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Flashback: Federer Lives To Fight Another Day At Wimbledon

  • Posted: Jun 29, 2020

Flashback: Federer Lives To Fight Another Day At Wimbledon

Swiss entered contest with 4-0 ATP Head2Head record against Falla

In his first match at The Championships since one of his greatest Wimbledon triumphs, Roger Federer narrowly avoided an opening day upset at Wimbledon in 2010.

Appearing at SW19 for the first time since beating Andy Roddick 16-14 in an extended fifth set to capture a record-breaking 15th Grand Slam title in 2009, Federer followed tournament tradition by opening Day One play on Centre Court against Alejandro Falla.

Meeting the Colombian for the third time in four weeks, Federer owned a perfect 11-0 set record against Falla, which included a 6-1, 6-2 victory en route to the NOVENTI OPEN final in Halle just two weeks earlier. All signs pointed to a comfortable opening match for Federer, but Falla started strongly to threaten Federer’s streak of 24 consecutive Grand Slam quarter-final appearances.

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The World No. 60, who owned just three victories from five previous appearances at the All England Club, moved up the court in crucial moments to establish a two-set lead. After losing the third set, Falla secured an early break in the fourth set and maintained his advantage to serve for the match at 5-4. From this point, Federer raised his game to win nine of the next 10 games and earn a 5-7, 4-6, 6-4, 7-6(1), 6-0 victory after three hours and 18 minutes.

“It came as a bit of a shock and it’s not something I was that prepared for, but you have to draw from experience and physical strength. I live to fight another day,” said Federer.

Aiming to join Pete Sampras and William Renshaw as the only seven-time singles champions at the All England Club, Federer fell to eventual runner-up Tomas Berdych in the quarter-finals. But the Swiss soon joined Sampras and Renshaw with his seventh trophy at SW19 in 2012, before surpassing the duo with a record-breaking eighth crown in 2017.

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“I am happy because I played a great match,” said Falla. “Today is a special day for me in tennis, even if I lost that match. I can say I was serving for the match against Federer. Many players would like to be in that situation.”

Two years later, Falla achieved his best Wimbledon result. The Colombian earned back-to-back five-set wins against John Isner and Nicolas Mahut to reach the third round. One month later, Falla returned to SW19 to face Federer in the first round of the 2012 London Olympics. The World No. 51 broke the eventual silver medallist on three occasions and forced a deciding set, before suffering a 6-3, 5-7, 6-3 defeat.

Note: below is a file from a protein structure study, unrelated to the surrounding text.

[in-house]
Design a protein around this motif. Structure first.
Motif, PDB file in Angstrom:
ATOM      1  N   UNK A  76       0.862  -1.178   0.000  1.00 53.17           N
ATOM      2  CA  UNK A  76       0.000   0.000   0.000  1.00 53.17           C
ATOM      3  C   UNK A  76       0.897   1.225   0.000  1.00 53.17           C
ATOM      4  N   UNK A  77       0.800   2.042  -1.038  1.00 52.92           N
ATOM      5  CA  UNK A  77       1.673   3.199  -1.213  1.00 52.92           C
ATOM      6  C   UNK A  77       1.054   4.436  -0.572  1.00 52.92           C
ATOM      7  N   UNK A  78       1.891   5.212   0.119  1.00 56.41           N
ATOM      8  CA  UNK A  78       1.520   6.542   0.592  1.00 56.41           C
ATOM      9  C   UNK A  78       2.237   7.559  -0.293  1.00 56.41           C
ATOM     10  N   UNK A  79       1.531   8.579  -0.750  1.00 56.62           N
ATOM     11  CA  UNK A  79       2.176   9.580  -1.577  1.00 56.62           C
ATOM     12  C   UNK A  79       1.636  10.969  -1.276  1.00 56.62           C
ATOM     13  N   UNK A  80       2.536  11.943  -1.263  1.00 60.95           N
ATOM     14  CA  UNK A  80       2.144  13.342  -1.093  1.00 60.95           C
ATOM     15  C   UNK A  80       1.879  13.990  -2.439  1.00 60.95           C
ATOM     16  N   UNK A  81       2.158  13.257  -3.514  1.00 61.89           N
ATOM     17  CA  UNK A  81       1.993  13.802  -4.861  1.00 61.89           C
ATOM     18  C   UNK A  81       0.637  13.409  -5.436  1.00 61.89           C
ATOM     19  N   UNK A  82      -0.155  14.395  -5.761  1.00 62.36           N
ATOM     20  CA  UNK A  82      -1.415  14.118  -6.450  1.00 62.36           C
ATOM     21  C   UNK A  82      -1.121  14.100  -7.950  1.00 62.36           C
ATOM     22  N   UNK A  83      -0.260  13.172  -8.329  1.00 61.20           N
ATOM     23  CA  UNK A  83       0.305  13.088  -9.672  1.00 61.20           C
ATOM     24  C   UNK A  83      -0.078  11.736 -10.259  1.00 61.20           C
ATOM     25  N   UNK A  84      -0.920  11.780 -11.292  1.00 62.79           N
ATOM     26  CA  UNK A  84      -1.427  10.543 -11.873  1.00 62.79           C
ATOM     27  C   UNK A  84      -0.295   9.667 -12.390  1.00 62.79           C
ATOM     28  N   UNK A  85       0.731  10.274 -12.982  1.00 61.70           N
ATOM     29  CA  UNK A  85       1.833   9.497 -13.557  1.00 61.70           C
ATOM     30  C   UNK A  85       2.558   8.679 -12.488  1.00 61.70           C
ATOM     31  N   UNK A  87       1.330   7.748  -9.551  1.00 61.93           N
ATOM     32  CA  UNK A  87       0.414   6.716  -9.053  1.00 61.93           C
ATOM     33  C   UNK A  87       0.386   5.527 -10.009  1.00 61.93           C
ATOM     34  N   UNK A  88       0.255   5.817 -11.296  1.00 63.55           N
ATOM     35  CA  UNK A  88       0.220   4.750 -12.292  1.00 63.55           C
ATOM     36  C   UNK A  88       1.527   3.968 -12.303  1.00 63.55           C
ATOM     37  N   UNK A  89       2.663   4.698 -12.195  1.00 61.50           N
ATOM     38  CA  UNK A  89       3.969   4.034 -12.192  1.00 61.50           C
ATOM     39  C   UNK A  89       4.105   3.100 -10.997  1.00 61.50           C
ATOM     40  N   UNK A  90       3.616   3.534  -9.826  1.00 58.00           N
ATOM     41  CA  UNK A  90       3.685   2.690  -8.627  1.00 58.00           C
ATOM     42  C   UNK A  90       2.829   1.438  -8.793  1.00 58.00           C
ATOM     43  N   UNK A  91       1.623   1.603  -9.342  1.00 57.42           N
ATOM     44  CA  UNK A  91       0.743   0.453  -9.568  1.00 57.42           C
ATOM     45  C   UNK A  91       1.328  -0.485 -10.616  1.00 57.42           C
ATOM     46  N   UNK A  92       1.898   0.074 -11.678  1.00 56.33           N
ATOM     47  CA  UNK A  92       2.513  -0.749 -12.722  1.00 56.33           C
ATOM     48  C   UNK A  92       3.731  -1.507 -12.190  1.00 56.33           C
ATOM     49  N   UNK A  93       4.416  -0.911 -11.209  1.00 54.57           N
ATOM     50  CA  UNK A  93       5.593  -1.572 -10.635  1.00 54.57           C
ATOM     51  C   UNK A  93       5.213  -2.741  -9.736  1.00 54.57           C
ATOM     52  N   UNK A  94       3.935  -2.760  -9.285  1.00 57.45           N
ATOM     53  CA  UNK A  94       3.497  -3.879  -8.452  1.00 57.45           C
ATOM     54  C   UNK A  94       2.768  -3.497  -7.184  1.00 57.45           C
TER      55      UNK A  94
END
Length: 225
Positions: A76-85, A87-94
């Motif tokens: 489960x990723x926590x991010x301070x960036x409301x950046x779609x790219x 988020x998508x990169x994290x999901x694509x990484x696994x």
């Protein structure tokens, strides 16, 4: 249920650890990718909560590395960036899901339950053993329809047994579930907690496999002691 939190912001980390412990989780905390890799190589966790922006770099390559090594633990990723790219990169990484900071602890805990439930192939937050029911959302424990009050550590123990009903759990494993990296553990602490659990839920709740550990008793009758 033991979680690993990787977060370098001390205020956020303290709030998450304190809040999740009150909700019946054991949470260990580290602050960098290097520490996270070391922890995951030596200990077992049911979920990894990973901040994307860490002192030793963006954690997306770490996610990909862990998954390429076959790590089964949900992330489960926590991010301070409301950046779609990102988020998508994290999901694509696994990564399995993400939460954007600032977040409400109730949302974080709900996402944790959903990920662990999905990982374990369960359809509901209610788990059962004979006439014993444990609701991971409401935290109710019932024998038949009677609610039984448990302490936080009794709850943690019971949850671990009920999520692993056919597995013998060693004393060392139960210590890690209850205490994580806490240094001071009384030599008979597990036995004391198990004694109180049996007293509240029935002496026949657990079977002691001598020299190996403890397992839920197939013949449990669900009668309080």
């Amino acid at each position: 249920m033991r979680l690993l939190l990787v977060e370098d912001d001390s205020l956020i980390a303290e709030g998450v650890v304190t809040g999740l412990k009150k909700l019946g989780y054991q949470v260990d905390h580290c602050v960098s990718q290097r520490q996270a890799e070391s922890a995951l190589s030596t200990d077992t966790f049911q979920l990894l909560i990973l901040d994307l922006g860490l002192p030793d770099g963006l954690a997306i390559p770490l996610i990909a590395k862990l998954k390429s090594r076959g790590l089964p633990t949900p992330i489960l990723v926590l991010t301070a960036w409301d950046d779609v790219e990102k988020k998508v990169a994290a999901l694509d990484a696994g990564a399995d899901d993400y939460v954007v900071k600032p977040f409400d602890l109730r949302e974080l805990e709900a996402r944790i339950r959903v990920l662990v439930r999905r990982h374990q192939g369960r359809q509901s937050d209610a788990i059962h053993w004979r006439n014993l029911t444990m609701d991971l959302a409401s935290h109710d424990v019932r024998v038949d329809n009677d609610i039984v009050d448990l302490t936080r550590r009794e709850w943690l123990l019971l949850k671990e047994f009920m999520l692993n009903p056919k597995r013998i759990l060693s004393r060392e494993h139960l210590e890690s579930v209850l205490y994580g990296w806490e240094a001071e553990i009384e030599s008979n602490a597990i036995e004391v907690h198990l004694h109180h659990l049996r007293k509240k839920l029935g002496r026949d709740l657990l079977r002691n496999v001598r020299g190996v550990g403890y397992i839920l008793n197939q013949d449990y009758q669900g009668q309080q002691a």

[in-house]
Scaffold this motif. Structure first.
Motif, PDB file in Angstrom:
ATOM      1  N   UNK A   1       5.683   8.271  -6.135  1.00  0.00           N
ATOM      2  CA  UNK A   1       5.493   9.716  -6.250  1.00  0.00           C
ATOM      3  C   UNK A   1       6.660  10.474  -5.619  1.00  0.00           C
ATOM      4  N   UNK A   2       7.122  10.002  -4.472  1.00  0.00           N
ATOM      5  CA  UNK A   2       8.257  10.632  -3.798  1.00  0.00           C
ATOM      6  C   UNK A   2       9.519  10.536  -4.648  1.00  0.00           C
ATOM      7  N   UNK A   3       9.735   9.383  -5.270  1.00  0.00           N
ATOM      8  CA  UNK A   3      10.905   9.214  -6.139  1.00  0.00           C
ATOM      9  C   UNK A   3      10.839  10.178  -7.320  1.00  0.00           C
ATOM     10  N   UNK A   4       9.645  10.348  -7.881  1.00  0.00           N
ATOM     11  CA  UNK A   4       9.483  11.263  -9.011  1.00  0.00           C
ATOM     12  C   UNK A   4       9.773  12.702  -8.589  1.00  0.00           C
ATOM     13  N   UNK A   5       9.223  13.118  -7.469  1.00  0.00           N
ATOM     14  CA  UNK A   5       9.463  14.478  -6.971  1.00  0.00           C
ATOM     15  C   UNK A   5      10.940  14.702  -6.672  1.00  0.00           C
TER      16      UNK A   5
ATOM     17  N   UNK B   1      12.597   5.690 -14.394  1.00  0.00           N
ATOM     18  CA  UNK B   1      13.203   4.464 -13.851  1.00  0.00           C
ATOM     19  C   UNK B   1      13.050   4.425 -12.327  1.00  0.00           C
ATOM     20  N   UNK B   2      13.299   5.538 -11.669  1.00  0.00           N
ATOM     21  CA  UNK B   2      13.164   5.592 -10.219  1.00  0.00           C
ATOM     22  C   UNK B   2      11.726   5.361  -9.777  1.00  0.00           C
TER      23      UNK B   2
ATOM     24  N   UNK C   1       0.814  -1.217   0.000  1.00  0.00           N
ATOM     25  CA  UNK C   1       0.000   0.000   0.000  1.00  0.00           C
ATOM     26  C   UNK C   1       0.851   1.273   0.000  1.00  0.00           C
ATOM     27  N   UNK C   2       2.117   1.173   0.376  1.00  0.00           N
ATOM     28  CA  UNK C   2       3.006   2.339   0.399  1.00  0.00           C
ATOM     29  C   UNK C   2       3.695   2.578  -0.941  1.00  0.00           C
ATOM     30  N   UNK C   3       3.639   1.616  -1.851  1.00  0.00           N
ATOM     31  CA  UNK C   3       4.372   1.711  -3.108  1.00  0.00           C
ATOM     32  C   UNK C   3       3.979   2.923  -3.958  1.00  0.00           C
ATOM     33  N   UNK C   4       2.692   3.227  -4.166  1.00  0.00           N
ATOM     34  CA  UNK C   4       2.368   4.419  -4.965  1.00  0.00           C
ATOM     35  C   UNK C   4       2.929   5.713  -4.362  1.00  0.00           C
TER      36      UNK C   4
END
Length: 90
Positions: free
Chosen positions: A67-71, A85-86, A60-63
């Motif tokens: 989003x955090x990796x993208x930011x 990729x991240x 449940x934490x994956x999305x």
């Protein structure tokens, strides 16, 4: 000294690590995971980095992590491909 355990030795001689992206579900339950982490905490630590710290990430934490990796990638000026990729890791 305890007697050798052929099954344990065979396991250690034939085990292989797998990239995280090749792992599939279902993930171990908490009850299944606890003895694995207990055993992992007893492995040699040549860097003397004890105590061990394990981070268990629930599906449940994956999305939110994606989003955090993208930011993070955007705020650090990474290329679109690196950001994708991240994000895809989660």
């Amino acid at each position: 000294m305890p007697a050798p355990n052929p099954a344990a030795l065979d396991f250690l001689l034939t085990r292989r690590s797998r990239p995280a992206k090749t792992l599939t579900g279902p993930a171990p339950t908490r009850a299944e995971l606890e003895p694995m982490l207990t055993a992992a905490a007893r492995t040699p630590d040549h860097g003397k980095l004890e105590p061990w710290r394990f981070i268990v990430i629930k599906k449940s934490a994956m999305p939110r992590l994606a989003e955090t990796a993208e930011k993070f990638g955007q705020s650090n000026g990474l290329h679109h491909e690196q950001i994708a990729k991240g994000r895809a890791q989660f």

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Flashback: Karlovic Aces Defending Champion Hewitt Out Of Wimbledon

  • Posted: Jun 29, 2020

Flashback: Karlovic Aces Defending Champion Hewitt Out Of Wimbledon

Qualifier shocks top seed in 2003 first-round clash

Editor’s Note: But for the COVID-19 pandemic, Wimbledon would now be underway. During the next two weeks, will look back on memorable matches and happenings at the grass-court Grand Slam.

Grand Slam debuts don’t get much more memorable than this.

Ivo Karlovic, a 24-year-old qualifier ranked No. 203 in the FedEx ATP Rankings, strode out onto Centre Court at 1:00pm to face top seed and defending champion Lleyton Hewitt in their first-round 2003 Wimbledon match. Less than three hours later, Hewitt’s title reign ended as the Croatian scored a shocking 1-6, 7-6(5), 6-3, 6-4 upset.

Hewitt’s exit marked the first time in the Open Era that a defending men’s singles champion lost in the opening round at the All England Club. It only happened once before in the tournament’s 126-year history (Charlie Pasarell d. Manuel Santana, 1967). But for Karlovic, the result was perfectly logical once he got used to his surroundings.

“I saw him play last week and he didn’t play anything special. I was pretty prepared to win,” Karlovic said after the match. “The first set, I was completely scared. After I saw that I can beat him, I started to play better.”

Karlovic had just four tour-level wins to his name and only one victory over a Top 100 player. He nearly didn’t even make it to the main draw and was two points from losing his second-round qualifying match against Juan Pablo Guzman. But what he lacked in experience, the 6’11” Croatian made up for with a booming serve that stunned those in attendance.

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He shook off a slow start, cut the double faults out of his game and started delivering rockets that the Aussie struggled to get a racquet on. When Hewitt managed to put his opponent’s serves back in play, it only took a few steps for the towering Karlovic to reach the net and knock off winning volleys.